"All the empires and the kingdoms have failed, because of this inherent and continual weakness, that they were founded by strong men and upon strong men. But this one thing, the historic Christian Church, was founded on a weak man, and for that reason it is indestructible. For no chain is stronger than its weakest link.” (G.K. Chesteron)
One has to admire but also feel a bit ashamed by the way North American newscasters try to comprehend, justify or just make sense of the Trump phenomenon. Clearly, it is unpleasant to watch the declarations made by the now candidate to the presidency of the U.S. This style of arrogance and unbridled cockiness always causes rejection and distrust among people on this side of the world. His anti-establishment rhetoric has reached a noisy, obnoxious volume and it seems the journalists covering the presidential race can only capture reactions of viewers in search of some kind of explanation. It is analogous to our own [Venezuela's] reaction: "How did we get here? Where did we lose our way?" and "What a pain this guy is."
Political experts use many theories to analyze the success that Trump has had so far. It's clear that the current level of attention is a consequence of his campaign being so underestimated at the start of the Republican primaries. But while the arguments for his success are many, they all center around the fact that the public are fed up with conventional politics and institutions. The anti-partisan discourse is fundamental to understanding current political leadership. Disenchantment with politics is common among business leaders and the admiration for strong, independent, practical leadership is another factor that unifies the New Yorker's followers.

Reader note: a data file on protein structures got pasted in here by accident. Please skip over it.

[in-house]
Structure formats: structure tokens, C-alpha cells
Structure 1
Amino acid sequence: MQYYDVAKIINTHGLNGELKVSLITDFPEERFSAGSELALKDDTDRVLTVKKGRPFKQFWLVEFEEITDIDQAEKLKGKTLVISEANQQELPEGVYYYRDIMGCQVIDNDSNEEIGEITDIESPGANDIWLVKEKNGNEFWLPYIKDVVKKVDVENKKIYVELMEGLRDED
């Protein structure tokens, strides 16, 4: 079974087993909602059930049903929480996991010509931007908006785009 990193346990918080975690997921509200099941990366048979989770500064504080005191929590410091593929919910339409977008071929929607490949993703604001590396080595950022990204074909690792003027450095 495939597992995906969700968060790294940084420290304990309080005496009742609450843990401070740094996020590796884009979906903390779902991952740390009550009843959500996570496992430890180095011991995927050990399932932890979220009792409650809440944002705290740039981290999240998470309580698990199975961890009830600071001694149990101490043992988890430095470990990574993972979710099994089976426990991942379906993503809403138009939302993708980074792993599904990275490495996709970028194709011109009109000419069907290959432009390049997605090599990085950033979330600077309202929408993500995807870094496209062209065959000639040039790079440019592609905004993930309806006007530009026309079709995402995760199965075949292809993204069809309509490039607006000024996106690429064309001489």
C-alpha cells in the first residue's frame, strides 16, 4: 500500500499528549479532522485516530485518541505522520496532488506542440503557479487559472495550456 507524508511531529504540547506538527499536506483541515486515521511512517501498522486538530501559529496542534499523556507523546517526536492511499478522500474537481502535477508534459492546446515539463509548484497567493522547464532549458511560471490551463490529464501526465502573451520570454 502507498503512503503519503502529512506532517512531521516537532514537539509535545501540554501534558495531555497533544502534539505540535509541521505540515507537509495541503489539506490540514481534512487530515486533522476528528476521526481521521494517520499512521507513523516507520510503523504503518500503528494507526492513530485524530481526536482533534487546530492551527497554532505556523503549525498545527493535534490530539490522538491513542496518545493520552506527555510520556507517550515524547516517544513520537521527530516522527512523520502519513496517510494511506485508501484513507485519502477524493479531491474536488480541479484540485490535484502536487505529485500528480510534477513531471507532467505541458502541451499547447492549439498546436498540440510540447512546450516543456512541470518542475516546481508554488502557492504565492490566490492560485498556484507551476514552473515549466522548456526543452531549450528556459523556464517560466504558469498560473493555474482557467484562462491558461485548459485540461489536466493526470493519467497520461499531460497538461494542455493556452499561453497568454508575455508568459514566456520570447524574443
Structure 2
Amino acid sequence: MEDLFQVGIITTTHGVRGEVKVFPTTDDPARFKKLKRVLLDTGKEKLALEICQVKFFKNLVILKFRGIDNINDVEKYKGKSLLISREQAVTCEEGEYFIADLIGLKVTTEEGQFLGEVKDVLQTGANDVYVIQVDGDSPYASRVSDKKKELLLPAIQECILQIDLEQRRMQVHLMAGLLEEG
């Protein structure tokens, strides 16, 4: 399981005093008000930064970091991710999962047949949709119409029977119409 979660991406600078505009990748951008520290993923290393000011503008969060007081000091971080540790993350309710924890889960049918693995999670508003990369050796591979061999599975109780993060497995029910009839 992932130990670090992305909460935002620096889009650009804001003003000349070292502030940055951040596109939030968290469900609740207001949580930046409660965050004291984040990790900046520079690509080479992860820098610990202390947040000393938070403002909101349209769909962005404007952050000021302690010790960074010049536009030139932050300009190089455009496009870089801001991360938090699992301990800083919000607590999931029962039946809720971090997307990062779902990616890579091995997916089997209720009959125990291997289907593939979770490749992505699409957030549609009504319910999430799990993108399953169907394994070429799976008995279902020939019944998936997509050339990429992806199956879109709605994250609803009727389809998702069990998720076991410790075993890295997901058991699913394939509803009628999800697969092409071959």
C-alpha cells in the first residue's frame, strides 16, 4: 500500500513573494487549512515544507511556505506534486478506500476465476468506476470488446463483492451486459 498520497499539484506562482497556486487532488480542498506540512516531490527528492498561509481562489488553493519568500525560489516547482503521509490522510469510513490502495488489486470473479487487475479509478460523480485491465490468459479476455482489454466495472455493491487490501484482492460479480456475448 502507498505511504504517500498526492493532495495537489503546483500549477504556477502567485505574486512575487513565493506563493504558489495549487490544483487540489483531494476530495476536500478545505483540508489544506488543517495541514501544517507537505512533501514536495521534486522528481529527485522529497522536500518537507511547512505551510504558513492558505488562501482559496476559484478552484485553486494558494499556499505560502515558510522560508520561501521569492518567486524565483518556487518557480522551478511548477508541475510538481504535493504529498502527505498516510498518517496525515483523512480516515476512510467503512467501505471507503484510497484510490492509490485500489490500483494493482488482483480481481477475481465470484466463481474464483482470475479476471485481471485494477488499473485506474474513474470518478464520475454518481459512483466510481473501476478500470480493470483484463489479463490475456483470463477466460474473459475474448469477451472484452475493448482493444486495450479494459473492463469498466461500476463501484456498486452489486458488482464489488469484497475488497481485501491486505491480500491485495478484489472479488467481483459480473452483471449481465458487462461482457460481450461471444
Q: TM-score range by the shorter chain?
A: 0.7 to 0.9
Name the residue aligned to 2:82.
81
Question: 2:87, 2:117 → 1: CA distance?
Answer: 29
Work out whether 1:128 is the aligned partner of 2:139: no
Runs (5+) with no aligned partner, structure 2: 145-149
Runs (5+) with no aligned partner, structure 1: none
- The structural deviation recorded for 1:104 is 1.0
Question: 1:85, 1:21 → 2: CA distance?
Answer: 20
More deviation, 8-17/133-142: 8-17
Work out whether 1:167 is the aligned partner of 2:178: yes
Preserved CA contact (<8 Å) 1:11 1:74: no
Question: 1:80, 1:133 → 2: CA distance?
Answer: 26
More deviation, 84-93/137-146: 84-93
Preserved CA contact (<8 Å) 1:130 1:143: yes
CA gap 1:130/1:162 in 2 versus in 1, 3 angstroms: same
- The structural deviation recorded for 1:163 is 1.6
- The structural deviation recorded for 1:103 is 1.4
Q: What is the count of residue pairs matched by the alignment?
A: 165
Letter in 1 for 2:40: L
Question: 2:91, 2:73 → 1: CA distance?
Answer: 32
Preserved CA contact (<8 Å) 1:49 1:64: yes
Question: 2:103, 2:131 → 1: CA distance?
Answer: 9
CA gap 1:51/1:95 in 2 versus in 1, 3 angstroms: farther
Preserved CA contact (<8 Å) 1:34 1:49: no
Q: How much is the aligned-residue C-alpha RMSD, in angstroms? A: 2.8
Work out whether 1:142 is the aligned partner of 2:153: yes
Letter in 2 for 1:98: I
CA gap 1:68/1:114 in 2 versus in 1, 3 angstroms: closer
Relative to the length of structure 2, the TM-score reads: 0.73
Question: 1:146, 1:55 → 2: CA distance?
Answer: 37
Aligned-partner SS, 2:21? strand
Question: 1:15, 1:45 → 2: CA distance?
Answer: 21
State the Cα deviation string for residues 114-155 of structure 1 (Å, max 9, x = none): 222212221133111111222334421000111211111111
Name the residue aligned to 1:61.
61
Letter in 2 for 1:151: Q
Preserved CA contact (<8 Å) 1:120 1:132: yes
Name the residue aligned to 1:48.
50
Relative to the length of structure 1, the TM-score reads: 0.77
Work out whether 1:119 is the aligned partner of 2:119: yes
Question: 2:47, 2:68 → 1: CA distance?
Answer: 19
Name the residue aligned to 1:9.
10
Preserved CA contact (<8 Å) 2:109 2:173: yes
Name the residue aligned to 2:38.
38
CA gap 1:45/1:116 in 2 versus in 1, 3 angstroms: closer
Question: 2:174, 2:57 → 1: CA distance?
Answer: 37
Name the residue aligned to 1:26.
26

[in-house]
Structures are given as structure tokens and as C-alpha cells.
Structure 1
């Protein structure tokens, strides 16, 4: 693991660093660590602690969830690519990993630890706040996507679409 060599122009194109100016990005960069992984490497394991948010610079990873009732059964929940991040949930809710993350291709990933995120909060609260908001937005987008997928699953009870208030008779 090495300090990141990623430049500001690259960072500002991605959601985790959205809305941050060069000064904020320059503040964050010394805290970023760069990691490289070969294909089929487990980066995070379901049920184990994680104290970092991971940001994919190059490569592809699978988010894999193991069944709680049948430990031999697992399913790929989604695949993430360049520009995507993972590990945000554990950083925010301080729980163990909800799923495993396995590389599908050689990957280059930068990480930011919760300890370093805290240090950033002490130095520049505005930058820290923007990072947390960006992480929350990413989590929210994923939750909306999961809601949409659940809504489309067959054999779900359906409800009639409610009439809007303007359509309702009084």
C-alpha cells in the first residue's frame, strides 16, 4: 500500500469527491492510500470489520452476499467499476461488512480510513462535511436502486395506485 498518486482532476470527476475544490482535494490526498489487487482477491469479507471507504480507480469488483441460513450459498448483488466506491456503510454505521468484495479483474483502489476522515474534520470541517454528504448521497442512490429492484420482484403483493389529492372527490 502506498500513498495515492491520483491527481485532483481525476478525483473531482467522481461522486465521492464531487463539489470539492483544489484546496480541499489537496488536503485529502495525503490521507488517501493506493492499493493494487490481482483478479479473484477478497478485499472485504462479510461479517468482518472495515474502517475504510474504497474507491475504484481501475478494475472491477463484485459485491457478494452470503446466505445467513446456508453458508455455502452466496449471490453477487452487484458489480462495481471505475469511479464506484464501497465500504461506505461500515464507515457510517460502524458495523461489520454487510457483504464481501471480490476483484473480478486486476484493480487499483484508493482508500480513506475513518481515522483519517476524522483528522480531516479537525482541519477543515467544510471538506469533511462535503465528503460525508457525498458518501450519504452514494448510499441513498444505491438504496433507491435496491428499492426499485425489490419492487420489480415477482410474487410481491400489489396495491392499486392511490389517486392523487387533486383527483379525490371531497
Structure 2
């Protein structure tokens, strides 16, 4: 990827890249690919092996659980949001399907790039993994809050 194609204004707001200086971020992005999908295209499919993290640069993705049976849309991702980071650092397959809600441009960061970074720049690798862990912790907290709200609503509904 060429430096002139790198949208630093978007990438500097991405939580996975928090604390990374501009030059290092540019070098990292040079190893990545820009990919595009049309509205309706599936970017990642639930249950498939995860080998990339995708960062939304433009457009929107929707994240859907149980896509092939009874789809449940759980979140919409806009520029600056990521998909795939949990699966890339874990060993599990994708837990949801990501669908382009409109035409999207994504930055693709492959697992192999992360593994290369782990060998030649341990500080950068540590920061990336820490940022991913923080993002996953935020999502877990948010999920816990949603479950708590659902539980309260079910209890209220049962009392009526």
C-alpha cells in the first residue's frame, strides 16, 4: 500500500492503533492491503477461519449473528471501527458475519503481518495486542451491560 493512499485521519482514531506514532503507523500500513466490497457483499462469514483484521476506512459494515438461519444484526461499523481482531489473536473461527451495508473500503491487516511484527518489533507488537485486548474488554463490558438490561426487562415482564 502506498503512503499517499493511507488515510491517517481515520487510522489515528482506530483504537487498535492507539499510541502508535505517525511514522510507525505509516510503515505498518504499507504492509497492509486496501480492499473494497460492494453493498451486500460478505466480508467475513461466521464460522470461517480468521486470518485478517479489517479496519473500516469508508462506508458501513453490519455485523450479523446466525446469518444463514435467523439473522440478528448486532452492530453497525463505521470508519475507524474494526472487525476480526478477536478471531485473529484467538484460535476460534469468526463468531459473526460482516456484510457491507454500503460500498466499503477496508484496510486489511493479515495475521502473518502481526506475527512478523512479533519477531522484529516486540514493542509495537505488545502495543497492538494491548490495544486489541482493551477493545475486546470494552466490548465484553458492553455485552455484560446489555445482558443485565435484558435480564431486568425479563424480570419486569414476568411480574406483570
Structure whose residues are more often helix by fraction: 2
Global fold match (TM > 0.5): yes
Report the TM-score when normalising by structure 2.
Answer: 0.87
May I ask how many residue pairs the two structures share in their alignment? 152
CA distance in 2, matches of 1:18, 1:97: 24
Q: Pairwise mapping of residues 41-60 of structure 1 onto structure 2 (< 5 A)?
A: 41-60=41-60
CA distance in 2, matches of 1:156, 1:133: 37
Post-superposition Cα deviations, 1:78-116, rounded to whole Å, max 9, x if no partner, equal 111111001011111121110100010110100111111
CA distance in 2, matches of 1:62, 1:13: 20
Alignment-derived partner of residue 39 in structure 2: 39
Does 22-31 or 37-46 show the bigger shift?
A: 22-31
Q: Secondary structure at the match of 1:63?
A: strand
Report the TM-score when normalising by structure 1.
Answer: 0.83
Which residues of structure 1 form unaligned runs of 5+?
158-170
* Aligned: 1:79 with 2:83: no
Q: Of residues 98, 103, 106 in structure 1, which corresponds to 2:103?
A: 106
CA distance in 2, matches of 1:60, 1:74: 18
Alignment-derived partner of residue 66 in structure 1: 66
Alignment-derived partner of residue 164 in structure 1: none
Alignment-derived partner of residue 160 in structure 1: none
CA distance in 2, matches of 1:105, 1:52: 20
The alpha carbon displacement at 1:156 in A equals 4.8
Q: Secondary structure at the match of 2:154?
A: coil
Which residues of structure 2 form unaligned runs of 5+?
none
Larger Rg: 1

Criticisms of Trump's message are concerned with either political correctness or deception of voters. As we've seen in every other election, emotions play an important role. It's not so much what you say, but how you say it. Few people ever wonder about what they don't hear and why they don't hear it. The businessman's direct rhetoric carries a supra-existential value for a good number of Americans. What he says doesn't matter even to his opponents, it's just the way he says it. His style may be hard to watch, but it clearly strikes a nerve and makes its mark. It also seems to generate a sense of loyalty to his following that he stands firm in his convictions. And it doesn't matter that those convictions contradict an important part of the American dream.
Followers of Trump and Obama do have one thing in common: the idea of change. Obama's promise for change, the "Yes we can," was the cohesive element in both of his campaigns. And although the political establishment in the giant to the north may not recognize it, Obama may have actually paved the way for Trump. How? Nobody has worked harder in financing people's values and opinions than the current president of the U.S.
With Clinton's campaign now fully established, we can expect an onslaught of attacks against the Republican candidate. However, what we've seen in the past two presidential terms tells us that a lack of any real content or plan, combined with a huge media hype and constantly changing, obliging political views will continue to convince many gullible voters that the pragmatic "tough guy" is a better choice. Throughout history, particularly in times of decline, the idea of a proverbial lifeboat appeals more strongly to people's emotions. In this case, many are predicting that the lifeboat doesn't float, but is dense enough to sink an entire political system.
The Republican candidate won't have it easy facing the now veteran candidate Hillary Clinton, especially when we consider the way minority voters in the U.S. reject populist, nationalist discourse. Nevertheless, the seeds for that discourse have been planted for almost a decade now, seeds that grow fractures and ruptures and put to the test a country's institutions. We'll watch from here and see just how much moral and institutional willpower the empire has left. Change for the sake of change, or weak for strong.